Playing in the snow,enjoying cold weather and white scenery, hugging your favorite sweater and drinking hot cocoa is fun in the winter. However, some people do not like winter due to tooth tenderness and toothache, which is usually a result of freezing cold temperatures. Teeth sensitivity and pain may occur for many reasons, but it is one of the most important causes of exposure to cold air in winter. If you have teeth sensitive to cold drinks and foods, you may experience discomfort when outside temperature is cold. Although, you are not at risk for discomfort like this, due to your diet. In winter, your teeth shrink in response to intense cold weather. This can cause cracks in your teeth and you feel the same kind of pain, you experience when you bite the ice cream. Examine how colds can affect your teeth, how it depends on winter weather, and what you can do to correct pain and sensitive teeth or nerves.
Pain in cold-sensitive teeth makes it difficult to enjoy socializing and exercising outdoors. If you avoid activities such as skiing or sporting activities to minimize the risk of cold toothache, isolation and frustration can adversely affect both your lifestyle and your mental health.
Fortunately, you can take steps to reduce the risk of feeling pain:
- Try to breathe through your nose as much as possible. Breathing in the mouth brings cold air directly into your teeth, and a sudden change in temperature can cause toothache.
- Make sure you have a handy hot drink when you’re out. Warming cold teeth with a warm drink (hot water only) can help relieve pain.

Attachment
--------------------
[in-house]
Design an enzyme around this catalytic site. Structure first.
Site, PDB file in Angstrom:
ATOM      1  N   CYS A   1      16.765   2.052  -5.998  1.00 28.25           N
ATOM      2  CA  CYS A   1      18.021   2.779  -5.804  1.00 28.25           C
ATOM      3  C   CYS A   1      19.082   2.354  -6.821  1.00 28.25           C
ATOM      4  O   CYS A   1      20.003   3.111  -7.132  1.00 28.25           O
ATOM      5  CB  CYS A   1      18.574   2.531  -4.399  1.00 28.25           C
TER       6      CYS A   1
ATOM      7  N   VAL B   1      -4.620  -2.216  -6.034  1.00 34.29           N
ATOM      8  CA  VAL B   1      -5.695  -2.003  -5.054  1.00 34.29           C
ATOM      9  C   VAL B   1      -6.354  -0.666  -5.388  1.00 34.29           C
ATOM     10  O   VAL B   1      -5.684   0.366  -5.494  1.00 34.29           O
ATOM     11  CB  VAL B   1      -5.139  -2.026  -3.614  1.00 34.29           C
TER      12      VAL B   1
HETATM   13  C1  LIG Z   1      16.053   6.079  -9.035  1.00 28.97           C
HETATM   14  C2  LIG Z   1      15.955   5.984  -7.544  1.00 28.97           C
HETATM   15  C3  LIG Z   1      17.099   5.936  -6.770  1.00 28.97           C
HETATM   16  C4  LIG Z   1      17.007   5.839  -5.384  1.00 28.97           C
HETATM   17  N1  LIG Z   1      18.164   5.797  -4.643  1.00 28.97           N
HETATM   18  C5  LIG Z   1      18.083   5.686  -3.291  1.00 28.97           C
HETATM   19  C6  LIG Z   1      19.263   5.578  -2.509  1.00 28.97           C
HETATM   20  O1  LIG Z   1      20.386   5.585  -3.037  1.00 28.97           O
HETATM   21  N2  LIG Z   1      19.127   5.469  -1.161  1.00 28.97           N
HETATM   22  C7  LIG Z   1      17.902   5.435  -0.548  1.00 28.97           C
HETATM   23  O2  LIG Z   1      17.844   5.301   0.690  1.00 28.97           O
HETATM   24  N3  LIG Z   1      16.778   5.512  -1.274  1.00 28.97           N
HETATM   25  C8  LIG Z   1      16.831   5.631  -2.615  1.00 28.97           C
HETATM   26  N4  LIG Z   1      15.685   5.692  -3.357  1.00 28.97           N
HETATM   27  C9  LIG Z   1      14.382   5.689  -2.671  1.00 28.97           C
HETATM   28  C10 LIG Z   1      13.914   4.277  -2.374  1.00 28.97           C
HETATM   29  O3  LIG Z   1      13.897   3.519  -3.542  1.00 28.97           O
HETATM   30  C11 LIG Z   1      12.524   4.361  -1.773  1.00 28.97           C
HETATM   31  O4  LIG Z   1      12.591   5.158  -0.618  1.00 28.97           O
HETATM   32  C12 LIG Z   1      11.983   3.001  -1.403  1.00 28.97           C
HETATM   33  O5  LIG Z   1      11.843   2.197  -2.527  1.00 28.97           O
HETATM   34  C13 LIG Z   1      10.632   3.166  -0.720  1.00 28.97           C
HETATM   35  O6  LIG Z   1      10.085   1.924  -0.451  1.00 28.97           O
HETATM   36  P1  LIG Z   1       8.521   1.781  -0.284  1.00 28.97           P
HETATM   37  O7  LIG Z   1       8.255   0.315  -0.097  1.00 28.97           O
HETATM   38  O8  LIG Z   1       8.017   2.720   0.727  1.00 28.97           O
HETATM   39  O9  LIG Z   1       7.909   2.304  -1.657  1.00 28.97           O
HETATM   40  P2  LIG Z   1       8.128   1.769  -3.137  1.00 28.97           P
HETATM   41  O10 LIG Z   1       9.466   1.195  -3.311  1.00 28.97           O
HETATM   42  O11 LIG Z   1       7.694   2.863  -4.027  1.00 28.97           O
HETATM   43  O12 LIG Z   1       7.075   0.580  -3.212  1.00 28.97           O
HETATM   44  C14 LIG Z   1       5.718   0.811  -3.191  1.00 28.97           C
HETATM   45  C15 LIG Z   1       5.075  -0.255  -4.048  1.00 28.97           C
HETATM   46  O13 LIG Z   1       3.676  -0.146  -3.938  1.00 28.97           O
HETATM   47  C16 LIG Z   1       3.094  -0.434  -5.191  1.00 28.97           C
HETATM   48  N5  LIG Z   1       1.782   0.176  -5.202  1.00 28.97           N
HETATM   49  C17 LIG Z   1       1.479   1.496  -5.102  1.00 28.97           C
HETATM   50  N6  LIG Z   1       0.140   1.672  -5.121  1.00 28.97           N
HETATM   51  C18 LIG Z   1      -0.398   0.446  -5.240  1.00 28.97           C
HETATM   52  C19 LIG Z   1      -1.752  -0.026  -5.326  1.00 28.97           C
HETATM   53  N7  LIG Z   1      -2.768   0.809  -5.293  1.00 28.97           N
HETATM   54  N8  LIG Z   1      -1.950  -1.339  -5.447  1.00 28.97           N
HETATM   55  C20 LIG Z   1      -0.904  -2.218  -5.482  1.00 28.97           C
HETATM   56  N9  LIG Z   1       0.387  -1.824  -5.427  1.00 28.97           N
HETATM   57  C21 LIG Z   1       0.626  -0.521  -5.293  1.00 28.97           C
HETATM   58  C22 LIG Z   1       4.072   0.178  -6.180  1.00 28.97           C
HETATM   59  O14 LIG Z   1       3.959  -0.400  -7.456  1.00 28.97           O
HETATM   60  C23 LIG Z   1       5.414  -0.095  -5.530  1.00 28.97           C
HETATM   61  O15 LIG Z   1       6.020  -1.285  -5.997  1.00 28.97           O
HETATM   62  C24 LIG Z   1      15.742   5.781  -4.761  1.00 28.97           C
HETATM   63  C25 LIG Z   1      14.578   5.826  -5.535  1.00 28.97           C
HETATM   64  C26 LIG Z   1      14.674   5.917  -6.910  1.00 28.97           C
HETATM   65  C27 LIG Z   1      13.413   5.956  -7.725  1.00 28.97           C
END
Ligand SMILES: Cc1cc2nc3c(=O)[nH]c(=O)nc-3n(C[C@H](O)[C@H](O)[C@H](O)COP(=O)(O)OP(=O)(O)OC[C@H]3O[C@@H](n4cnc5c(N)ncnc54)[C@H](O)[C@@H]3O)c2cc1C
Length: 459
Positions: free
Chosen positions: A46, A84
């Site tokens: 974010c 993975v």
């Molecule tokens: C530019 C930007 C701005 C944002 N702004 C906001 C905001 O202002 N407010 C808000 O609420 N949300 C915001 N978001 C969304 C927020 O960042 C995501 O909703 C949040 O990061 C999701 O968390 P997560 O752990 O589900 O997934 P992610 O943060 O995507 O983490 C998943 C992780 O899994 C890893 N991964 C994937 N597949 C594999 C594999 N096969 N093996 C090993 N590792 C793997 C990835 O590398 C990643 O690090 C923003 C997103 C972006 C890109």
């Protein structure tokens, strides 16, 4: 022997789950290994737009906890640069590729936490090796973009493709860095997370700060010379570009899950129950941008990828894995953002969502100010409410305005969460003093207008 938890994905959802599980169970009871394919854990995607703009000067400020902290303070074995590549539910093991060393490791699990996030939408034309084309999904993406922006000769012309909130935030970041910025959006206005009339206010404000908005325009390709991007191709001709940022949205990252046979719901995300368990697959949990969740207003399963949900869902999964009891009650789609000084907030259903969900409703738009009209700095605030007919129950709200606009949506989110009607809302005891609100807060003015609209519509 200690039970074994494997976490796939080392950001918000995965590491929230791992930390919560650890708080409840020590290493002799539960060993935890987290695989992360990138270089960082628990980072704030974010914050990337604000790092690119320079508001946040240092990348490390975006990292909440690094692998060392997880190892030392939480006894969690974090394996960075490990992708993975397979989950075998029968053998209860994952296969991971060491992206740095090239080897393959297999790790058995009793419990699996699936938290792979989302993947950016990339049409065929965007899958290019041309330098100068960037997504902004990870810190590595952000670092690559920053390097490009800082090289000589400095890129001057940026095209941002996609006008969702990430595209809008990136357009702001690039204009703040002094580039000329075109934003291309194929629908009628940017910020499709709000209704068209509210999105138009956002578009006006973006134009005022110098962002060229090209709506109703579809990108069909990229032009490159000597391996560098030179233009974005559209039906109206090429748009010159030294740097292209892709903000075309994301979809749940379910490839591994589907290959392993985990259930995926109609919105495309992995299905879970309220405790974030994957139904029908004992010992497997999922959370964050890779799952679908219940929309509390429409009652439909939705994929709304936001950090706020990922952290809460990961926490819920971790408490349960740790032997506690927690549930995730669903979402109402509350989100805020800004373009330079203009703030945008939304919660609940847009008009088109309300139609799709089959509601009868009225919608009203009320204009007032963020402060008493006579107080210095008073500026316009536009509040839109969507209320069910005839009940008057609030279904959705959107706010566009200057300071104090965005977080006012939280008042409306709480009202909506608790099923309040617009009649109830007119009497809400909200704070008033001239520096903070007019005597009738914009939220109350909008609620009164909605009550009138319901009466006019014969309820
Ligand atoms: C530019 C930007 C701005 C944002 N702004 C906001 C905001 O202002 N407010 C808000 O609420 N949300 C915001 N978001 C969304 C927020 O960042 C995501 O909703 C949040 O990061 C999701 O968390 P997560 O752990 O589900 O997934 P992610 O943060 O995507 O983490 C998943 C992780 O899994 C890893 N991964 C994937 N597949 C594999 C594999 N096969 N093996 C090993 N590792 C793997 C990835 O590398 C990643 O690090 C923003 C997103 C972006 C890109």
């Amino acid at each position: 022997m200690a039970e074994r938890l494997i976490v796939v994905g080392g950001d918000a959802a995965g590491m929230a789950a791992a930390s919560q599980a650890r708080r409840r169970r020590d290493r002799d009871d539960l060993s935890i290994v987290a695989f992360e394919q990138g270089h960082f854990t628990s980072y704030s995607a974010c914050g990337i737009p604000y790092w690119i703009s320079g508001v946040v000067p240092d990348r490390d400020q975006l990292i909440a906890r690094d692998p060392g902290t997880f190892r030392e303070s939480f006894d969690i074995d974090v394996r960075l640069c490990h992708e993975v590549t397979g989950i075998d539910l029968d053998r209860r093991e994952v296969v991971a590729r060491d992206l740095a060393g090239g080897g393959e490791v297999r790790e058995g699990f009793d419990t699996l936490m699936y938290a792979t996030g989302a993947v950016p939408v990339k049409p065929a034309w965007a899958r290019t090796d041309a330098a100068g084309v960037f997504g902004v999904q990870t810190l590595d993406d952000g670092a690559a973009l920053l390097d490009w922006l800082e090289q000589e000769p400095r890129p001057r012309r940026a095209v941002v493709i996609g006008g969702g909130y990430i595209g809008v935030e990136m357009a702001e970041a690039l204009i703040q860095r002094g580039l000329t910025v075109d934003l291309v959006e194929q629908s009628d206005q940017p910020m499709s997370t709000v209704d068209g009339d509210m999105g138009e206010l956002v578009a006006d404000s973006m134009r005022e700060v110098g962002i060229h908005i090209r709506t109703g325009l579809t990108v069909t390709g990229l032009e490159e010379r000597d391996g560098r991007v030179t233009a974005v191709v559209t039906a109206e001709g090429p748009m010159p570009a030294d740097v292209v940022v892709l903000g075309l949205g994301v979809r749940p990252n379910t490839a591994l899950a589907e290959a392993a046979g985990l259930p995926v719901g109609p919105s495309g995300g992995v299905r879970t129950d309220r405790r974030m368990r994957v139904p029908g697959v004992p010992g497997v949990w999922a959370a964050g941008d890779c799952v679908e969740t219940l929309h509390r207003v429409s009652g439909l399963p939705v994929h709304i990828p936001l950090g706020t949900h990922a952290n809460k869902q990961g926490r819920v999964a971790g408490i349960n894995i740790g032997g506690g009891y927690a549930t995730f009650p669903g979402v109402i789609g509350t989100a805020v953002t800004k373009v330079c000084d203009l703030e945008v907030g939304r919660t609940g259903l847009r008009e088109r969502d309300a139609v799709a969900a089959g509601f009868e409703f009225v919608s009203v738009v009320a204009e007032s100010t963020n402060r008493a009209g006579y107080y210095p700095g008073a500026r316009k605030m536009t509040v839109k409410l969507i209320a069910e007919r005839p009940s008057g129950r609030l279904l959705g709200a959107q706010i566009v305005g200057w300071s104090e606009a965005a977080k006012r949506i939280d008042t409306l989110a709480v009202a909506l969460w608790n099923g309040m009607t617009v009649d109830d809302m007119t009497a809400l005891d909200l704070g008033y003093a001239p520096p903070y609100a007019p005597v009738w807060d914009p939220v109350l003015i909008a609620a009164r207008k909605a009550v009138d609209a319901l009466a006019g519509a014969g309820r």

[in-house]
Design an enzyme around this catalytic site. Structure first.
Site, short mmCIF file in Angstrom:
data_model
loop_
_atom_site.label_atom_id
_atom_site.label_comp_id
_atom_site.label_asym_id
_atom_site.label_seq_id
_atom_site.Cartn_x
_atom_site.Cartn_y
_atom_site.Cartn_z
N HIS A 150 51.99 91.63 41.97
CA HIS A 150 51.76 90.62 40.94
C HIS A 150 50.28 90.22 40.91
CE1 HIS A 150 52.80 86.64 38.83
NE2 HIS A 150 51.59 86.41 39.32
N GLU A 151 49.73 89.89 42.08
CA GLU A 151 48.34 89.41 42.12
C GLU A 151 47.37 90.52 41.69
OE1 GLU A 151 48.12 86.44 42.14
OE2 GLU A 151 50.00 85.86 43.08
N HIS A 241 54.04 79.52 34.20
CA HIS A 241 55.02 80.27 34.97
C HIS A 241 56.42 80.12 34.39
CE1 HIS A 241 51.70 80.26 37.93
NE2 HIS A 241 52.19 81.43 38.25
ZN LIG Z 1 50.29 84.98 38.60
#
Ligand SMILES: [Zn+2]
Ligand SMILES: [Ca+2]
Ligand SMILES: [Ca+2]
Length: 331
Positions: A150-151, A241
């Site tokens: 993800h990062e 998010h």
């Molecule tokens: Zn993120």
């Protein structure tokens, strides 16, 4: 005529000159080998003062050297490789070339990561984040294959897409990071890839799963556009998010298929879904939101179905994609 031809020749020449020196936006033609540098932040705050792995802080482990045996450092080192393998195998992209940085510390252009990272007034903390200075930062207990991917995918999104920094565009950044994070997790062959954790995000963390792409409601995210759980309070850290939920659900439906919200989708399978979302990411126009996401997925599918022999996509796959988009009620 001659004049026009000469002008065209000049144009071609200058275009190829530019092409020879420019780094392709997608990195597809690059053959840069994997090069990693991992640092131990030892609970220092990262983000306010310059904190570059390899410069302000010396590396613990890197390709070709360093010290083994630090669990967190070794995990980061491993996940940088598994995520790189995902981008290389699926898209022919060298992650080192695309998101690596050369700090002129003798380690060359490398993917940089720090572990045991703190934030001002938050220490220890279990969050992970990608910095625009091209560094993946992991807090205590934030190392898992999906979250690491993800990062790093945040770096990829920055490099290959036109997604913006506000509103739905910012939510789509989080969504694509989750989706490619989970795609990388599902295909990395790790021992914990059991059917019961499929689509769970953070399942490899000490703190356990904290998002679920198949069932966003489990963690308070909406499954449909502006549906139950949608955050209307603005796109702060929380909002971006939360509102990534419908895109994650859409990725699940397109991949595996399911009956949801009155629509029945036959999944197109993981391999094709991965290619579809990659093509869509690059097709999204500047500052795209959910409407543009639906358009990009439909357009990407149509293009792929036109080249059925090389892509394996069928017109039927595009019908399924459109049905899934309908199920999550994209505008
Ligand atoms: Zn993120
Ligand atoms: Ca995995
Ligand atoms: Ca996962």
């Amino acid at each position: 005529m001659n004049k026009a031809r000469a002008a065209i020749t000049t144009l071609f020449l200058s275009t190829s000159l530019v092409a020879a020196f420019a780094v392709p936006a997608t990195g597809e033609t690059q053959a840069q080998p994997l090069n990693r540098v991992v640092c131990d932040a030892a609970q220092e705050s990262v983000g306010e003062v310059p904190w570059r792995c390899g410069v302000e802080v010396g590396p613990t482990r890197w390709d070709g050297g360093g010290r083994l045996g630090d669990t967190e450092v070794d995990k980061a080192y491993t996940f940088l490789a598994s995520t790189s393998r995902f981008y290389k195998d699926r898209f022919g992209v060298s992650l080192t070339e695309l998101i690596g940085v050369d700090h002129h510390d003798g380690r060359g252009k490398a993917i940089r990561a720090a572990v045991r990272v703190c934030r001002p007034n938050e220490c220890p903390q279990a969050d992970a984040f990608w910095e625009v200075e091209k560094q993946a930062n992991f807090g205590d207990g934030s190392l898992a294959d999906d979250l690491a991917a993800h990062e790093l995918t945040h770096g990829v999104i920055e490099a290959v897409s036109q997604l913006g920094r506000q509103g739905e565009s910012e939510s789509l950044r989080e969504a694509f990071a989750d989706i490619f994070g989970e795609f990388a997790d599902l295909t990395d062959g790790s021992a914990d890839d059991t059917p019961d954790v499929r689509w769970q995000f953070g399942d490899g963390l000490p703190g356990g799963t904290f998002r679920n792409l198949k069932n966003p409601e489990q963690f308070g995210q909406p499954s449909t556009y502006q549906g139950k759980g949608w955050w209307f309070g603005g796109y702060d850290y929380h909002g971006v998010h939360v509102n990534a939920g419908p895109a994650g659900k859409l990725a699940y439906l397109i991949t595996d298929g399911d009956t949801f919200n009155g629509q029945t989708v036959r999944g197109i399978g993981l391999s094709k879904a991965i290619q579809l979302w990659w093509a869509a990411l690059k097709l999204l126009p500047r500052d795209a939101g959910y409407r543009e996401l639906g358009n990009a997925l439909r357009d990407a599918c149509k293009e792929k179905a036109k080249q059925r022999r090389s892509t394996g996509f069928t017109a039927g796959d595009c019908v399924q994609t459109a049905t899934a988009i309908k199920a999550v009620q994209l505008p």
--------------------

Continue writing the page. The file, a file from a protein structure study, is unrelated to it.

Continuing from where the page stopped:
- Try using a mouthwash containing fluoride two to three times a day. Fluoride can help cover cold-sensitive teeth.
- Use a desensitizing toothpaste. This type of toothpaste helps to prevent pain-related sensations associated with sensitive teeth.
Also there are some other things that you should do.
Take Care of Your Tooth Enamel
Enamel is the protective ouer coating of your tooth. Part of the work of the enamel is to provide an obstacle between very cold (or hot) materials and the sensitive interior of the teeth.
In some people, enamel doesn’t do its job perfectly. People with this condition will experience discomfort when they drink very cold and hot drinks, eat ice cream. Outdoors, people with a lack of enamel can feel that every cold pole air flows through their teeth in a very annoying way.
If your enamel needs a support to provide an edge against inordinate temperatures, use a desensitizing toothpaste special for sensitive teeth before encountering cold weather. Your dentist may recommend a brand. Wait for 30 minutes before going out and do not eat or drink anything that will remove the protective cover left by the toothpaste.
Further, use a soft-birstled toothbrush and brush your teeth in a soft way using circular movements.
Don’t use any teeth whitening products and toothpastes, if not recommended by your dentist. Teeth whitening products can erode enamel and increase tooth sensitivity.
Also, avoiding acidic foods and drinks will try to help to protect your enamel. Chewing ice and abrasive foods will cause pain. You also have to brush your teeth with desensitizing toothpaste and use dental floss in addition to brushing.
If you grind your teeth while you are awake or asleep, the pressure will surpass your teeth over time. Squeezing the teeth can cause many problems in the jaw and mouth where the use of enamel is not increased at least. Your dentist may be able to help you with a night guard to help you stop grinding.
Pay Attention To Intense Pain
If you normally don’t have teeth sensitivity, but you suddenly feel a sharp pain in your teeth when you are in a cold environment, severe pain is normally a symptom. Although some have nothing to do with teeth, there are several causes of sharp tooth pain in the open air.
For instance, if you have inflamed sinuses, pressure can hurt your teeth it does not matter if you are inside or outside. An ear infection or jawbone disease can cause pain that appears to come from your teeth. Also, sensitive teeth are occured in some pople because of gum diseases.
If you have a crack, cavity, or other point on yout tooth that can enter, cold air can cause tooth fracture or severe pain in the cavity. If a filler falls or the root of a tooth is exposed, cold air can cause excessive pain in the affected tooth.